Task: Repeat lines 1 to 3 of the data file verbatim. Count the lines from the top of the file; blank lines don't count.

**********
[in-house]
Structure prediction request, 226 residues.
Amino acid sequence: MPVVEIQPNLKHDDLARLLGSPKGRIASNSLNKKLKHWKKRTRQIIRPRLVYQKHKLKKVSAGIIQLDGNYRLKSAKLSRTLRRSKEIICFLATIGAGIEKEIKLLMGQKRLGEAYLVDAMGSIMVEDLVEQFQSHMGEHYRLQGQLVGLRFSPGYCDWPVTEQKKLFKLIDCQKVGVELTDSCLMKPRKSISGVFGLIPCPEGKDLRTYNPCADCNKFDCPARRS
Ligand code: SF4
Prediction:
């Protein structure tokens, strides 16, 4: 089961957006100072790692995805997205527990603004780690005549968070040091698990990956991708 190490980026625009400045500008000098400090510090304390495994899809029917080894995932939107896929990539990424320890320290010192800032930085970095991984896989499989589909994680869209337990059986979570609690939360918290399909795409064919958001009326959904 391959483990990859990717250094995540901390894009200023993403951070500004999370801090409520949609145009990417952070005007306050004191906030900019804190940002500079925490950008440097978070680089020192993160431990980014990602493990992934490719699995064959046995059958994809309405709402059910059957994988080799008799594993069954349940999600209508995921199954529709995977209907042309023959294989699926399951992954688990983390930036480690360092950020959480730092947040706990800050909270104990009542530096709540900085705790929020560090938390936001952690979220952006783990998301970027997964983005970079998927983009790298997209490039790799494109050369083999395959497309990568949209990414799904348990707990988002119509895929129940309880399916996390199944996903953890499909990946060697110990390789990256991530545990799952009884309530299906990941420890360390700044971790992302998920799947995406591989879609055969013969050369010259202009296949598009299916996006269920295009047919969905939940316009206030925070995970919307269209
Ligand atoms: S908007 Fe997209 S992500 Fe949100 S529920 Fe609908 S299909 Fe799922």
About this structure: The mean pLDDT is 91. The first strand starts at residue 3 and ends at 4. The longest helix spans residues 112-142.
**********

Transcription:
[in-house]
Structure prediction request, 226 residues.
Amino acid sequence: MPVVEIQPNLKHDDLARLLGSPKGRIASNSLNKKLKHWKKRTRQIIRPRLVYQKHKLKKVSAGIIQLDGNYRLKSAKLSRTLRRSKEIICFLATIGAGIEKEIKLLMGQKRLGEAYLVDAMGSIMVEDLVEQFQSHMGEHYRLQGQLVGLRFSPGYCDWPVTEQKKLFKLIDCQKVGVELTDSCLMKPRKSISGVFGLIPCPEGKDLRTYNPCADCNKFDCPARRS